The part of the Democrats’ Better Deal plan that I find most interesting is the piece that would push back on monopolistic corporate power. It’s neither radical nor “left.” I can’t say if it’s particularly good politics (although their internal polling suggests it is). But assuming this proposal eventually grows into something real, it’s likely to prove to be increasingly important economic policy with significant benefits for working families.

The broad outlines of the plan are to:

“— Prevent big mergers that would harm consumers, workers, and competition.
— Require regulators to review mergers after completion to ensure they continue to promote competition.
— Create a 21st century ‘Trust Buster’ to stop abusive corporate conduct and the exploitation of market power where it already exists.”

But wait. Don’t we already have an antitrust function in the Justice Department? Yes, but based on a wide and growing body of evidence, corporate power is still becoming more concentrated, and that’s leading to large chunks of market share in the hands of just a few companies.

Those companies, in turn, are generating the classical problems associated with, if not quite monopolies, then the absence of robust competition. These problems include fat profit margins and their correlate, thinner wage shares; less consumer choice; less innovation; less entrepreneurial activity; and less price competition. There’s even evidence suggesting that one of the biggest economic challenges we face right now — slow productivity growth — is related to the increased concentration of corporate power.

The evidence is pervasive and persuasive. Barry Lynn at the think tank New America, who dives deeply into these weeds, documents the concentration in retail (e.g., Walmart, Amazon and two other companies that control 60 percent of the mattress market, though I expect their competitors were lying down on the job … sorry), health care, pharma and more. Data from Goldman Sachs that are five years old (and, thus, likely understate the problem) find that in general merchandise stores, the share of total sales of the four largest firms increased from 55.9 percent in 1997 to 82.7 percent in 2012; in air transport, the comparable figures are 20.5 percent to 57.0 percent.

By looking at the implications for profits, the figures below take this analysis to the next level. The figure on the left shows that, as fewer firms captured a larger share of their industry’s revenue, industry profits rose, as well. In fact, as the scatterplot on the right shows, the change in revenue share explains 71 percent of the change in operating margins. It’s a finding that comports with common sense: Concentration correlates with market power and, thus, profitability.

What’s wrong with that? Well, in the Atlantic, Lynn put not too fine a point on it:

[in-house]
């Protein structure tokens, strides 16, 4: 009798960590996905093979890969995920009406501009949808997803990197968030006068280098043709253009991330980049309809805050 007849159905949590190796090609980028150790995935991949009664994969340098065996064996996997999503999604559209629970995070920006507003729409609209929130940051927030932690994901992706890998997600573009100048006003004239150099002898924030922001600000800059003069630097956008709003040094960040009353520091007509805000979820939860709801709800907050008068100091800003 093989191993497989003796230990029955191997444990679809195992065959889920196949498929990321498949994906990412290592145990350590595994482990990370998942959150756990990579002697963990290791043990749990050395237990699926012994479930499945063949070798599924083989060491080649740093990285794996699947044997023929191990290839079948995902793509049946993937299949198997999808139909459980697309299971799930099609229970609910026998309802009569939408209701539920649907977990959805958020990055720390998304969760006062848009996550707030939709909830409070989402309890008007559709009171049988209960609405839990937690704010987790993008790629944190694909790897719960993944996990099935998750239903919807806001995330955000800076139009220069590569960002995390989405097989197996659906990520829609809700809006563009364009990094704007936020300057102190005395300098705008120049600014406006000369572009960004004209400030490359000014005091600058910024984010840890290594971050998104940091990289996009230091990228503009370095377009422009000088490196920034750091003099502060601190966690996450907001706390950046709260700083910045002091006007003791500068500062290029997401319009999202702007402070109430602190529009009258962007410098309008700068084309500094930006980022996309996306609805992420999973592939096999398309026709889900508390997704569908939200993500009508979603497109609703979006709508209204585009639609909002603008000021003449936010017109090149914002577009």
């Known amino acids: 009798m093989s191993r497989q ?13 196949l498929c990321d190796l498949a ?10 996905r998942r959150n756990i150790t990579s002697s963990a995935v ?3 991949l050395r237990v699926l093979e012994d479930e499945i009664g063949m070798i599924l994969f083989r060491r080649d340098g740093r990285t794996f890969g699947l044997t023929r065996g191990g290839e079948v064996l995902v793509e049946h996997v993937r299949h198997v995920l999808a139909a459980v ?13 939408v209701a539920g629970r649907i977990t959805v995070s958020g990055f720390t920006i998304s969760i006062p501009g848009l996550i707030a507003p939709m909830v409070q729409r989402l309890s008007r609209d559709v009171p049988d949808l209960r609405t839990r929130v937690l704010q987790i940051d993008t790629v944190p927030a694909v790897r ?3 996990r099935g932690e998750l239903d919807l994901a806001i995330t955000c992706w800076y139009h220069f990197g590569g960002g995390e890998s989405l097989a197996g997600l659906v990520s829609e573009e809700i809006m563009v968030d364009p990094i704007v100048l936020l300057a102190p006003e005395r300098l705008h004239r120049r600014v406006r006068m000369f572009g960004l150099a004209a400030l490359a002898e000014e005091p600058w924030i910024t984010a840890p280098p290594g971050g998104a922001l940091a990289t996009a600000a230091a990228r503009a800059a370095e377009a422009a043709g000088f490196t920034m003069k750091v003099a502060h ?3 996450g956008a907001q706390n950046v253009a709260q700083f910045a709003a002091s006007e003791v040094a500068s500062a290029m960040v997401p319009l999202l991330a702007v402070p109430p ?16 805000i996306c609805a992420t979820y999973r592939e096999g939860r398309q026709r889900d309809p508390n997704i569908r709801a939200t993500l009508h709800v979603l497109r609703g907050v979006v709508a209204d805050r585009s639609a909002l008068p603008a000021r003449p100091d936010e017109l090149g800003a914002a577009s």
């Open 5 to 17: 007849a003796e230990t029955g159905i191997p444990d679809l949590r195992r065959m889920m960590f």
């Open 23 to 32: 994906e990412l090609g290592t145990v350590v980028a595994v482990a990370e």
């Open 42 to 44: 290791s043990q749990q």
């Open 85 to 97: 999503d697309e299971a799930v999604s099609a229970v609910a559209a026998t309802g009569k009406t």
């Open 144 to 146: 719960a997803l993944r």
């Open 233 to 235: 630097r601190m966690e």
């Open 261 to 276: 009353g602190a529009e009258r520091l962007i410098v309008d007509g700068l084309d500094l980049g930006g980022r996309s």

“Monopoly is a main driver of inequality, as profits concentrate more wealth in the hands of the few. The effects of monopoly enrage voters in their day-to-day lives, as they face the sky-high prices set by drug-company cartels and the abuses of cable providershealth insurers, and airlines. Monopoly provides much of the funds the wealthy use to distort American politics.”

The inequality point is worth elevating in the spirit of the figures above. Think of income as having two sources: profits and wages. When the share going to profits goes up, the wage share falls. Now, inequality has gone up within both shares over time, but profits are far more skewed toward the wealthy than wages. So when more income flows to profits and less to wages, inequality rises. Importantly, numerous academic papers have documented this link between greater concentration, higher profit shares and smaller wage shares.

Why has concentration increased so much? There’s evidence that firms that most effectively tap new technologies and globalization claim the most revenue share. Policy plays a role as well; Dean Baker documents economically large distortions associated with patents, trade policy and financial markets.

But whatever the cause, the fact that Democrats recognize and are showing interest in going after the problem is a good thing. And that’s not just my view. David Dayen, a hard-hitting, left-leaning journalist who’s often critical of ideas from the center-left, wrote that by going after “corporate power, and in particular monopoly concentration,” Democrats finally “hit the target.”

This analysis assumes two things. First, and Dayen is clear on this point, it assumes they’ll follow through. Second, because Democrats don’t have the votes now to do much of anything, it assumes the issue will resonate with voters. Whether that happens is a function of Democrats’ credibility on follow-through and how effectively Democrats can connect these broad, macro changes to people’s lives. That may sound hard, but if you’ve ever flown, filled a prescription or paid a monthly cellphone bill (ouch!), you may be more primed than you think to buy into this idea.

One final point. Above, I noted that there’s really nothing “lefty” about antimonopoly politics. Classical economists since Adam (Smith) have recognized the distortions caused by excessive concentration. This debate thus reveals one of the most pervasive myths in our contemporary political economy: that Republicans are pro-market forces and Democrats are anti-markets. Too often, both sides are all too happy to cash the checks of the corporate monopolists. If Democrats truly get back to trustbusting, they will be making a powerful, progressive statement about what and for whom they really stand.